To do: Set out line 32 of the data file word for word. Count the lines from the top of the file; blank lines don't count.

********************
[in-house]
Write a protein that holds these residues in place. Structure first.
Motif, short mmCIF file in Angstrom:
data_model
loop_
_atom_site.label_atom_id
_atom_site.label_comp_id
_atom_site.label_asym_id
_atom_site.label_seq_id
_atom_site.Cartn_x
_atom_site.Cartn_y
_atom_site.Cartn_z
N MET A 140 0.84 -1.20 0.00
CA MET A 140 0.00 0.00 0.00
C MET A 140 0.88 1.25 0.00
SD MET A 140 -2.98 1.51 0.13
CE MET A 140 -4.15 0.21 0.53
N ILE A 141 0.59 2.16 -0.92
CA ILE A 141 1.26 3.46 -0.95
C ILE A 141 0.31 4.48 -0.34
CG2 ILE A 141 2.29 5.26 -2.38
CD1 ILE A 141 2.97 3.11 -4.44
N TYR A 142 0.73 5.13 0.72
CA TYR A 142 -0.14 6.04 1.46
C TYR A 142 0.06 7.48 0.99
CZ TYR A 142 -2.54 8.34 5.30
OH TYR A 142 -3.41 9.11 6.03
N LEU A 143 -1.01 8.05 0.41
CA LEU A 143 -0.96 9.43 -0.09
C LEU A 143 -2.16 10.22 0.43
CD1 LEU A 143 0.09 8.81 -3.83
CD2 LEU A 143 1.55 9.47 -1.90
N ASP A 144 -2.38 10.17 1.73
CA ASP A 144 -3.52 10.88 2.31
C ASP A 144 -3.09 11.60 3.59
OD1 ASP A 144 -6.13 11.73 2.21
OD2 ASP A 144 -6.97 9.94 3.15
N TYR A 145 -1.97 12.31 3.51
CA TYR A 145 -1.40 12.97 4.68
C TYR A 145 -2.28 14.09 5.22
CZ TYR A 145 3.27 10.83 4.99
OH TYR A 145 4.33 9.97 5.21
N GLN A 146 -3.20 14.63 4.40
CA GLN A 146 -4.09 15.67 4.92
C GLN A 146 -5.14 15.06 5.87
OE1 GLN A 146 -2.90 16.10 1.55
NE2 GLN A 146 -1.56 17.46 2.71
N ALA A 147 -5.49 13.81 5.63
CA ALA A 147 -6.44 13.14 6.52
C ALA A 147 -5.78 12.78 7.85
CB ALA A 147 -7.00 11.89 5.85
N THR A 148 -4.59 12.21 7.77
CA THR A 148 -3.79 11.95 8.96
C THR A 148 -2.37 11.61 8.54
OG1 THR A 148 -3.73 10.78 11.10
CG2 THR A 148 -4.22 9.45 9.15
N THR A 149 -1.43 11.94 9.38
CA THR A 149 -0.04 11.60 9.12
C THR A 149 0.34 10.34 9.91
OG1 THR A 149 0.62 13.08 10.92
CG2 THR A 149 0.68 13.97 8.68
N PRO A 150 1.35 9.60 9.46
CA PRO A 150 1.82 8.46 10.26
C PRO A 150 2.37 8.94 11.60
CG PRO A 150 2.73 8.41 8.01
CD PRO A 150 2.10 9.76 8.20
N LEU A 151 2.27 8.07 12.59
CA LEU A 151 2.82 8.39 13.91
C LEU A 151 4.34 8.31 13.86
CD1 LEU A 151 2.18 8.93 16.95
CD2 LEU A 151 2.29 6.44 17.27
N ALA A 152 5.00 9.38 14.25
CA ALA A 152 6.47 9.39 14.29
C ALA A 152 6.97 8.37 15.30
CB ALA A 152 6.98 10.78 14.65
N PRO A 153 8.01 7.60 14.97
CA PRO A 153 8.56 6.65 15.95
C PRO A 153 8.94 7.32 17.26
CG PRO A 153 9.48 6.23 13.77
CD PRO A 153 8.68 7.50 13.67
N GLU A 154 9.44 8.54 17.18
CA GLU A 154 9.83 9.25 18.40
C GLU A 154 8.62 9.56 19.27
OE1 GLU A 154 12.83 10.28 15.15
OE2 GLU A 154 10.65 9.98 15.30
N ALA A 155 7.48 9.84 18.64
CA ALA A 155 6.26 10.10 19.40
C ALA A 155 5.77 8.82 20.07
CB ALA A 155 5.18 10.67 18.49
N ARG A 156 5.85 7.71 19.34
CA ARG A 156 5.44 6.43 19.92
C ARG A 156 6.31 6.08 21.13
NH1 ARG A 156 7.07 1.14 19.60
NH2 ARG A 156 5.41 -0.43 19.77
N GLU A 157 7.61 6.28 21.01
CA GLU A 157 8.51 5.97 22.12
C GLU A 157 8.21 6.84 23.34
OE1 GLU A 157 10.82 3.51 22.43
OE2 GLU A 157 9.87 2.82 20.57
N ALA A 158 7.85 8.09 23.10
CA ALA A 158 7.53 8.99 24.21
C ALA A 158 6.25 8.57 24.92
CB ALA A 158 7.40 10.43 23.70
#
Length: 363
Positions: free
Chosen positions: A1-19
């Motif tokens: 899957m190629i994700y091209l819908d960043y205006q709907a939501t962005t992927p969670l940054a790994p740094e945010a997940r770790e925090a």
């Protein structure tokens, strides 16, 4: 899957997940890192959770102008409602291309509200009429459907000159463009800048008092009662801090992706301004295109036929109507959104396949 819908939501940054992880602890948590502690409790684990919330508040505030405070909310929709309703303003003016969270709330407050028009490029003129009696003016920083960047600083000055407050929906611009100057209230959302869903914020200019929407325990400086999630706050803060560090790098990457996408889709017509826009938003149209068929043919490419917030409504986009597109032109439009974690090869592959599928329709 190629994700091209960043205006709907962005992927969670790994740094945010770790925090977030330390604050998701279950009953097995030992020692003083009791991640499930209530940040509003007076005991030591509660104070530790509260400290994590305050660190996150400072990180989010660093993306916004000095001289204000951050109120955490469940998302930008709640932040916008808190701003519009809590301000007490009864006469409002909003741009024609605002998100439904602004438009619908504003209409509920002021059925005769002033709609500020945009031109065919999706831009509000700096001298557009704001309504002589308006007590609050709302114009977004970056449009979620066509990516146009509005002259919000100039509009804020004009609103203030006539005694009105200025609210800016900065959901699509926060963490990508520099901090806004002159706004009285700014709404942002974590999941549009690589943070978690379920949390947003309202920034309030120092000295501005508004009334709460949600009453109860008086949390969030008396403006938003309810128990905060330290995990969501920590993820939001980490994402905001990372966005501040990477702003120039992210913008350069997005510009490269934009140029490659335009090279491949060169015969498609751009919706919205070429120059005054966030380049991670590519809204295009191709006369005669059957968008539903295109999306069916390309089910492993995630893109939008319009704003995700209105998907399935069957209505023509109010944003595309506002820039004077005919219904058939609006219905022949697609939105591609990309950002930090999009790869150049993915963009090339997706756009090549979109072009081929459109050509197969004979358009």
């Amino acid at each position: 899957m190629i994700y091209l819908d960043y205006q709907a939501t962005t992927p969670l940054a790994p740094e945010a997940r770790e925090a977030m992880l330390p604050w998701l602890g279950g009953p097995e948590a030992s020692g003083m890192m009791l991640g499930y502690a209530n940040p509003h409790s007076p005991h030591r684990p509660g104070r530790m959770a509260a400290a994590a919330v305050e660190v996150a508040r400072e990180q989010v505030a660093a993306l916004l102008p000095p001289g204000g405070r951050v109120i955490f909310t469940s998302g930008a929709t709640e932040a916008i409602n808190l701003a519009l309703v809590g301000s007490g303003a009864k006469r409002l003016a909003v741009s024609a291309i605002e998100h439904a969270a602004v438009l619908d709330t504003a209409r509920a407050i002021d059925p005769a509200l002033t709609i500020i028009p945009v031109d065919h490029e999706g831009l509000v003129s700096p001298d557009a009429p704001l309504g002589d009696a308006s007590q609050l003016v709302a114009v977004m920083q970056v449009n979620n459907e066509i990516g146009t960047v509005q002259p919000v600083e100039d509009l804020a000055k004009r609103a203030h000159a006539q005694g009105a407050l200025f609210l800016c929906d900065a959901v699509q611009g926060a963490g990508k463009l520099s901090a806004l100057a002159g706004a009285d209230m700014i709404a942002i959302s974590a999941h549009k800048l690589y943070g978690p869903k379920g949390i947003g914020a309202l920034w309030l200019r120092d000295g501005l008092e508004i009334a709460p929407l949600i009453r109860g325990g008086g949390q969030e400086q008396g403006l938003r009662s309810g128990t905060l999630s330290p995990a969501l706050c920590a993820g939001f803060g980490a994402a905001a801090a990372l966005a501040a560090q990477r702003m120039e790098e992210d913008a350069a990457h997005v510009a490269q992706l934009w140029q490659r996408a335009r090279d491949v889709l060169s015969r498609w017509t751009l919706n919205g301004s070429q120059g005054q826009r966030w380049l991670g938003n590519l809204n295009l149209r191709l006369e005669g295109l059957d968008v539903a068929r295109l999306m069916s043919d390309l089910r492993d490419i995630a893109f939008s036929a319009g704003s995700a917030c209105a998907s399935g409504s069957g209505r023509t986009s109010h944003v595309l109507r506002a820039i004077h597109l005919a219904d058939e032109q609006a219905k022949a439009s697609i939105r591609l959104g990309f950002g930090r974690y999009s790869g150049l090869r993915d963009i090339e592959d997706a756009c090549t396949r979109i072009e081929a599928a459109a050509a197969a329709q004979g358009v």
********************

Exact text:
CD2 LEU A 143 1.55 9.47 -1.90